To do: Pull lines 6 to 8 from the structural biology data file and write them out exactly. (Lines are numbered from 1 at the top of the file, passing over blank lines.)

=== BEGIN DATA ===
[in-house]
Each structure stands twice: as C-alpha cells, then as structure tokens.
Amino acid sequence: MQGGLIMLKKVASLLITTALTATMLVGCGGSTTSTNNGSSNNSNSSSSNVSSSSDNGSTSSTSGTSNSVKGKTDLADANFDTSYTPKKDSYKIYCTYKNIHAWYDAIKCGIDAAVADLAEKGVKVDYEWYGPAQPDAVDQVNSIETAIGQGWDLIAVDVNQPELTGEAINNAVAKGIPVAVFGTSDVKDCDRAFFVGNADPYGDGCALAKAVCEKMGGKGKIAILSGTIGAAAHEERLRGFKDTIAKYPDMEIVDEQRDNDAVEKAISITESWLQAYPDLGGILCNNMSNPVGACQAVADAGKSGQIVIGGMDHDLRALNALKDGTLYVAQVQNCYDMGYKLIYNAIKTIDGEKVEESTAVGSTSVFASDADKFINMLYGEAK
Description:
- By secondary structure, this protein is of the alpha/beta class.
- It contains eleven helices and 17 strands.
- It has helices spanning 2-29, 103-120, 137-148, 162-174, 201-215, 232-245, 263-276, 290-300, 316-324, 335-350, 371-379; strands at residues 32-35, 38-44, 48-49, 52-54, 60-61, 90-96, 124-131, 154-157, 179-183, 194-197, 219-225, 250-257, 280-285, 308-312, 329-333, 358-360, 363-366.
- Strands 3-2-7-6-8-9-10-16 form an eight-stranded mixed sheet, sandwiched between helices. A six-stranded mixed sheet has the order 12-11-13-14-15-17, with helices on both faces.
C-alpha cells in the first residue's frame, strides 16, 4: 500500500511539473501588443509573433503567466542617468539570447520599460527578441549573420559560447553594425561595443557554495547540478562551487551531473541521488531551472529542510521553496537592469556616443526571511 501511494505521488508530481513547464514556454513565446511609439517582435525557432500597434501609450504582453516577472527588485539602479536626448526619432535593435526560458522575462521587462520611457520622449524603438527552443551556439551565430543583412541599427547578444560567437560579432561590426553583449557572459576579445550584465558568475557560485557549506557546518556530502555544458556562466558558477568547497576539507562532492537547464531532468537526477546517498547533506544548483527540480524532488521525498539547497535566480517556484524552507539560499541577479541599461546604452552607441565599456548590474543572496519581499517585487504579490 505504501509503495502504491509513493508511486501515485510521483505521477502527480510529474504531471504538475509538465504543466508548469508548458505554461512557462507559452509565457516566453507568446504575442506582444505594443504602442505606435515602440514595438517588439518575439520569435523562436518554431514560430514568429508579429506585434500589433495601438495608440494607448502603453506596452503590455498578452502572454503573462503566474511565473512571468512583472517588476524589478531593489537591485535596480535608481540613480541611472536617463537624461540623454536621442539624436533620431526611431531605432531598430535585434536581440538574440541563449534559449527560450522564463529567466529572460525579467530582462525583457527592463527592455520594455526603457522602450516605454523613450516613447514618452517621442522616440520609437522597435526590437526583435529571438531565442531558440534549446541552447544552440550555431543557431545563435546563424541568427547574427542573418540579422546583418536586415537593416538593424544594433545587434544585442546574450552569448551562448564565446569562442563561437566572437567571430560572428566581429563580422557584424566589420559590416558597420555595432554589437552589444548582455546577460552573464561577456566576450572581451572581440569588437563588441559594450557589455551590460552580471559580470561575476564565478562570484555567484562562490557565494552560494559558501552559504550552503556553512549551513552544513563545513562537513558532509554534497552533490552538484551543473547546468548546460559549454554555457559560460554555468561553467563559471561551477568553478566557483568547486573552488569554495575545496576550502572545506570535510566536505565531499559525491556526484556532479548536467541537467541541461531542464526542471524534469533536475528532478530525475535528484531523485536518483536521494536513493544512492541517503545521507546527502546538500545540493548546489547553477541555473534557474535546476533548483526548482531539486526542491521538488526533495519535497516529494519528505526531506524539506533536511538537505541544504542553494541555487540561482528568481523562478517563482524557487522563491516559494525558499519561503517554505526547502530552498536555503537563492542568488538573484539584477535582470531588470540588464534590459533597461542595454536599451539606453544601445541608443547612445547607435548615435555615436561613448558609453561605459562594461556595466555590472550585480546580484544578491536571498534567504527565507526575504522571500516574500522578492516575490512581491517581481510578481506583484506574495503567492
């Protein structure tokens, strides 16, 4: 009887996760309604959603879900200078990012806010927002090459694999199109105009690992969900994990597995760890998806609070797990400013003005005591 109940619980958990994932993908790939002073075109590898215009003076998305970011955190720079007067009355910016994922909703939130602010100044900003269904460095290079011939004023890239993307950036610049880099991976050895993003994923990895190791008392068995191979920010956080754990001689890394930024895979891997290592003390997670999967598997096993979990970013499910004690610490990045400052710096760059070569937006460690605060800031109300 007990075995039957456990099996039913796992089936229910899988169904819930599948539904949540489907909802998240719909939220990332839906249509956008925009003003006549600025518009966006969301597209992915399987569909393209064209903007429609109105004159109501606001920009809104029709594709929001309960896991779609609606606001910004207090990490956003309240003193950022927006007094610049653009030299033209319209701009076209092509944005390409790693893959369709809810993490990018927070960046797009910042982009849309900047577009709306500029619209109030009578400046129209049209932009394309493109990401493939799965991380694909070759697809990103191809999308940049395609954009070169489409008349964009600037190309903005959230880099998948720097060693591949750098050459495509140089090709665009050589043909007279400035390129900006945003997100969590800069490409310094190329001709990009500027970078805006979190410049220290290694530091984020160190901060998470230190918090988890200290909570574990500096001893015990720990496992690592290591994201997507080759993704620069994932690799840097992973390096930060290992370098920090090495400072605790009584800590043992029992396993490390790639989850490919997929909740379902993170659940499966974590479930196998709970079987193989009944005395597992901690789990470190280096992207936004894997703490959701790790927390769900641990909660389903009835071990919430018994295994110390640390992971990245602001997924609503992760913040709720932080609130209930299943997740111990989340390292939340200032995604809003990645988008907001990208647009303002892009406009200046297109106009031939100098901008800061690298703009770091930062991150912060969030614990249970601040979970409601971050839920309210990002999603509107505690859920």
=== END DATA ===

- It contains eleven helices and 17 strands.
- It has helices spanning 2-29, 103-120, 137-148, 162-174, 201-215, 232-245, 263-276, 290-300, 316-324, 335-350, 371-379; strands at residues 32-35, 38-44, 48-49, 52-54, 60-61, 90-96, 124-131, 154-157, 179-183, 194-197, 219-225, 250-257, 280-285, 308-312, 329-333, 358-360, 363-366.
- Strands 3-2-7-6-8-9-10-16 form an eight-stranded mixed sheet, sandwiched between helices. A six-stranded mixed sheet has the order 12-11-13-14-15-17, with helices on both faces.